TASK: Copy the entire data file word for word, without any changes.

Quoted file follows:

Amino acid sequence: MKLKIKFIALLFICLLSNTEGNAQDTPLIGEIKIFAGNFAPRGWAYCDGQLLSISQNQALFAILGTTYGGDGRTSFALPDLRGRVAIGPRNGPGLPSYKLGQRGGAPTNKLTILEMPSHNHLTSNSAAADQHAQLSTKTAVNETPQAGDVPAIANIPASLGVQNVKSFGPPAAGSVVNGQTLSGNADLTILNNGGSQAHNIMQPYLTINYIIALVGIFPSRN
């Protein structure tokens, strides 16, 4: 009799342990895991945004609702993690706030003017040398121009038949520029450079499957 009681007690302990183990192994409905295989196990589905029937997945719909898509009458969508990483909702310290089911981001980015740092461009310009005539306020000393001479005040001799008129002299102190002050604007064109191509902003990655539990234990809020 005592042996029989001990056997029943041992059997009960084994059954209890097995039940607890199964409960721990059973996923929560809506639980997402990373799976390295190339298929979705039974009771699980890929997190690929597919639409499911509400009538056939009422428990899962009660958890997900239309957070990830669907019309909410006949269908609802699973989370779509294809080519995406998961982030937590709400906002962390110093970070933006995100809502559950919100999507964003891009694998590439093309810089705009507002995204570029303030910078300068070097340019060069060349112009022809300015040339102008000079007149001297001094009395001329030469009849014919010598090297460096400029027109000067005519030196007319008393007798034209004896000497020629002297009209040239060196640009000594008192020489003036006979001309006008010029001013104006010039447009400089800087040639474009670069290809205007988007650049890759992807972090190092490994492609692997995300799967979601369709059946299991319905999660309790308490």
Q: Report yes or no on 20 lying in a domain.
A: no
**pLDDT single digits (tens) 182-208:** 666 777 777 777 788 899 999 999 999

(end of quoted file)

Amino acid sequence: MKLKIKFIALLFICLLSNTEGNAQDTPLIGEIKIFAGNFAPRGWAYCDGQLLSISQNQALFAILGTTYGGDGRTSFALPDLRGRVAIGPRNGPGLPSYKLGQRGGAPTNKLTILEMPSHNHLTSNSAAADQHAQLSTKTAVNETPQAGDVPAIANIPASLGVQNVKSFGPPAAGSVVNGQTLSGNADLTILNNGGSQAHNIMQPYLTINYIIALVGIFPSRN
């Protein structure tokens, strides 16, 4: 009799342990895991945004609702993690706030003017040398121009038949520029450079499957 009681007690302990183990192994409905295989196990589905029937997945719909898509009458969508990483909702310290089911981001980015740092461009310009005539306020000393001479005040001799008129002299102190002050604007064109191509902003990655539990234990809020 005592042996029989001990056997029943041992059997009960084994059954209890097995039940607890199964409960721990059973996923929560809506639980997402990373799976390295190339298929979705039974009771699980890929997190690929597919639409499911509400009538056939009422428990899962009660958890997900239309957070990830669907019309909410006949269908609802699973989370779509294809080519995406998961982030937590709400906002962390110093970070933006995100809502559950919100999507964003891009694998590439093309810089705009507002995204570029303030910078300068070097340019060069060349112009022809300015040339102008000079007149001297001094009395001329030469009849014919010598090297460096400029027109000067005519030196007319008393007798034209004896000497020629002297009209040239060196640009000594008192020489003036006979001309006008010029001013104006010039447009400089800087040639474009670069290809205007988007650049890759992807972090190092490994492609692997995300799967979601369709059946299991319905999660309790308490």
Q: Report yes or no on 20 lying in a domain.
A: no
**pLDDT single digits (tens) 182-208:** 666 777 777 777 788 899 999 999 999